Principal investigator: 
Simon Thibault
Collaborators: 
Nüvü Caméras, ABB, National Research Council Canada, SETI Institute, and NASA's Jet Propulsion Laboratory

HiCiBaS team. Left to right: Denis Brousseau, Olivier Côté, Simon Thibault, Deven Patel, Guillaume Allain, Mireille Ouellet and Cédric Vallée. (Credit: Guillaume Allain)

YouTube video (French only) - High-Contrast Imaging Balloon System (HiCIBas) (French only). (Credit: FSG ULAVA)

Otachi Probe and ProtosAT

This payload is composed of a probe and a CubeSat prototype. The flight aims to test the radio communication modules, the power module and film the ascent of the CubeSat.

Developed by: 
NaniKana Aerospace
Principal investigator: 
Jean-François Nadeau

Team photo of Nanikana Aerospace. Front row, left to right: Jean-François Nadeau, President; Francis Nadeau; Leelou Nadeau; Josiane Gilbert, secretary; Marie-Andrée Boucher; and Pierre Brisson, Vice-President. Back row: Alexis Thibodeau; Michel Thibodeau, Vice-President; Marc-André Boucher; and Marie-Josée Neveu. (Credit: Alexis Thibodeau)

YouTube video (French only) - Otachi Probe and ProtosAT. (Credit: Nanikana-Aerospace.)

Payload Remote Interface, Sensor Suite and Mass Memory Subsystem (PRISM)

This multi-purpose electronics box provides onboard Ethernet ports for payloads and offer various services to users, such as real-time localization and attitude, during the entire flight. The instrument also monitors other components onboard the gondola, the platform carrying the experiments and payloads. This instrument is an improved version of a technology initially developed by students from École de technologie supérieure, and further advanced by the CSA.

Developed by: 
École de technologie supérieure, CSA
Collaborator: 
Polytechnique Montréal

Power Distribution Unit and Battery

This modular subsystem consists of a set of Li-ion batteries and a power distribution unit. It was developed to support payloads power requirements during STRATOS flights.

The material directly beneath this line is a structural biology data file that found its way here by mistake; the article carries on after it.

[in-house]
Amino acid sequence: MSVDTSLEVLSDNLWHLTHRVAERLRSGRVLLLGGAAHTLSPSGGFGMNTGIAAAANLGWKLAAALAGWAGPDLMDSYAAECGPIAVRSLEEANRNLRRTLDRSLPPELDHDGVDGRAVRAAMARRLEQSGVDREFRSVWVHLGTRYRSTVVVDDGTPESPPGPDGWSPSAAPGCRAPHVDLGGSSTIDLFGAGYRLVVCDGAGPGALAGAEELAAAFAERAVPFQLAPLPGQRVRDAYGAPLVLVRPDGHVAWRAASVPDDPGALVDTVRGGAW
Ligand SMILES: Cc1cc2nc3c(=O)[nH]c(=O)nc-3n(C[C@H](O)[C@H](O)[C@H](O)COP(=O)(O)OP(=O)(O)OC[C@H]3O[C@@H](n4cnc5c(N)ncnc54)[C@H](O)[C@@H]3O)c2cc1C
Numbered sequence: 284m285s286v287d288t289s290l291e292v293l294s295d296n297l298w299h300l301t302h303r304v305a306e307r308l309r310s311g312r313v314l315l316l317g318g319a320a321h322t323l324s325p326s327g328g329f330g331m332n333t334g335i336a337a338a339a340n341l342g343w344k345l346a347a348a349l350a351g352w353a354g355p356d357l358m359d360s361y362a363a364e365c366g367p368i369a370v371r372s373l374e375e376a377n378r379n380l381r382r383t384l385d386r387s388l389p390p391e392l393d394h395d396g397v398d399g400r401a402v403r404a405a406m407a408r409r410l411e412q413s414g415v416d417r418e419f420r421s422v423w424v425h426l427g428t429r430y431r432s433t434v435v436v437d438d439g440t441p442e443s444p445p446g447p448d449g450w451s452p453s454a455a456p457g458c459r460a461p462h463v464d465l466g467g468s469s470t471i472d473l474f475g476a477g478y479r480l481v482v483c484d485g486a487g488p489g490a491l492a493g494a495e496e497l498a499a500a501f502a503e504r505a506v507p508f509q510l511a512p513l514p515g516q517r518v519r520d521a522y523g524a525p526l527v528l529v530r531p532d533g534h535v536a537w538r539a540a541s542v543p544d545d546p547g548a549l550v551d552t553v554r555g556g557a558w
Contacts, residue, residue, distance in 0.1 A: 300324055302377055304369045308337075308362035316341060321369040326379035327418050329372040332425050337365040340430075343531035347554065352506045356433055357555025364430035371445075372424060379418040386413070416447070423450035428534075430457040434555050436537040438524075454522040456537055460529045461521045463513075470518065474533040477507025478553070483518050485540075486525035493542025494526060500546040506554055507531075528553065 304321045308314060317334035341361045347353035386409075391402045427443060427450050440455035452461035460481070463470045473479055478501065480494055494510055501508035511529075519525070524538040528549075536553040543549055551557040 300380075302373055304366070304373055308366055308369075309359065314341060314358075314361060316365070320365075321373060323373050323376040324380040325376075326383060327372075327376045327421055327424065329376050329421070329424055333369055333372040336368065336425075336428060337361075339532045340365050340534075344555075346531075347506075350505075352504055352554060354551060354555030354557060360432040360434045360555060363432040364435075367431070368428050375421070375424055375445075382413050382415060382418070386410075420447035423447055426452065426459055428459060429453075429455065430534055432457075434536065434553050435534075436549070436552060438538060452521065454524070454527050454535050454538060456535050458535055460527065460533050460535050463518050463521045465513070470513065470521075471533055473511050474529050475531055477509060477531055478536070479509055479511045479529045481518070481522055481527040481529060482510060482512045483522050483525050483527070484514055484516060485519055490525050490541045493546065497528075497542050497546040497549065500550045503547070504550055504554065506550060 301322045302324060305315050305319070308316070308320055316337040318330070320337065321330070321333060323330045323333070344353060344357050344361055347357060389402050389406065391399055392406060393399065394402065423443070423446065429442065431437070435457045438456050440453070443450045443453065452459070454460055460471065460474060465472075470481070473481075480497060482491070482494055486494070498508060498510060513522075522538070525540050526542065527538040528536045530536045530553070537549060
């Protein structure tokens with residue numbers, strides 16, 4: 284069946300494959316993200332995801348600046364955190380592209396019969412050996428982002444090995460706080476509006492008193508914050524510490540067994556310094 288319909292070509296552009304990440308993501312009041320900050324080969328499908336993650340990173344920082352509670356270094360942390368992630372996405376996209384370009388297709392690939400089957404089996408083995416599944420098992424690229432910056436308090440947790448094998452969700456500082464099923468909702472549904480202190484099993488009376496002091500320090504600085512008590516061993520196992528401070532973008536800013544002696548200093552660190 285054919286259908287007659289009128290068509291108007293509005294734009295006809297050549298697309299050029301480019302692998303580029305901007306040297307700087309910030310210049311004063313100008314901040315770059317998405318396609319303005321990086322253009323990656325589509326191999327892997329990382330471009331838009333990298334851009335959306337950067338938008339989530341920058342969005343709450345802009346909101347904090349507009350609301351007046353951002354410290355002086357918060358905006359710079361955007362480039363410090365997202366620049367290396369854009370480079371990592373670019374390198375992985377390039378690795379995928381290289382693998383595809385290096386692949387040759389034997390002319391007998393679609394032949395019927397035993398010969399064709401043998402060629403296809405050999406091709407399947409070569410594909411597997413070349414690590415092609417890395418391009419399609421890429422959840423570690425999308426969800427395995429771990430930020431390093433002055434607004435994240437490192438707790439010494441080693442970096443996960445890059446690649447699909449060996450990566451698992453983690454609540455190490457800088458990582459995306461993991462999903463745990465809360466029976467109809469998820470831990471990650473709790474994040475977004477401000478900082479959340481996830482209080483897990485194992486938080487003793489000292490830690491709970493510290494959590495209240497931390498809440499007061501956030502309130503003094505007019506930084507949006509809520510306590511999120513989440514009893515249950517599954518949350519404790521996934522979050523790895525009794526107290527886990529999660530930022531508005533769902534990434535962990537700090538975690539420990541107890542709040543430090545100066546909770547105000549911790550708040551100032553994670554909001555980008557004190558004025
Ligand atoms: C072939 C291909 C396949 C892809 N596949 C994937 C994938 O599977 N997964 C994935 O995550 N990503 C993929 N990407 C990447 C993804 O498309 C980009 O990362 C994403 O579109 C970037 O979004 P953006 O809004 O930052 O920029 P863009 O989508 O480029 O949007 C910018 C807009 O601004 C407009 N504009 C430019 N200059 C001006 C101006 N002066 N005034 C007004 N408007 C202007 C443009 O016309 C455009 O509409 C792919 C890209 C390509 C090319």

Developed by: 
CSA
Collaborator: 
DPL Science Ltd.

CSA team supporting the Power Distribution Unit and Battery, and the PRISM payload. (Credit: CSA)

SEDS-STRATOS – HABOO and AlbertaSat Teams

The teams, both from the University of Alberta, were selected by SEDS as part of a pan-Canadian competition to design, build and fly their experiments. SEDS is an organization that aims to provide students with research and development opportunities. The HABOO team is studying the reaction of calcite as a substitute aerosol for solar radiation management, a potential tool for climate change mitigation. The AlbertaSat team will validate the mechanical and electrical systems of their CubeSat and test a multispectral imager, a tool that captures specific wavelength ranges in an image.

Developed by: 
University of Alberta
Collaborator: 
Students for the Exploration and Development of Space (SEDS)

Team who has been working on developing a prototype multispectral imager, which is the main payload on AlbertaSat's upcoming satellite, Ex-Alta 2. Left to right: Katelyn Ball, Taryn Haluza-Delay, Abby Lacson, Erik Halliwell, and Elliot Saive. (Credit: Katelyn Ball)

YouTube video - High Altitude Balloon Ozone Observer (HABOO)

YouTube video - SEDS Mission

Contact

Should you have any questions regarding the STRATOS program, contact us at asc.stratos.csa@canada.ca.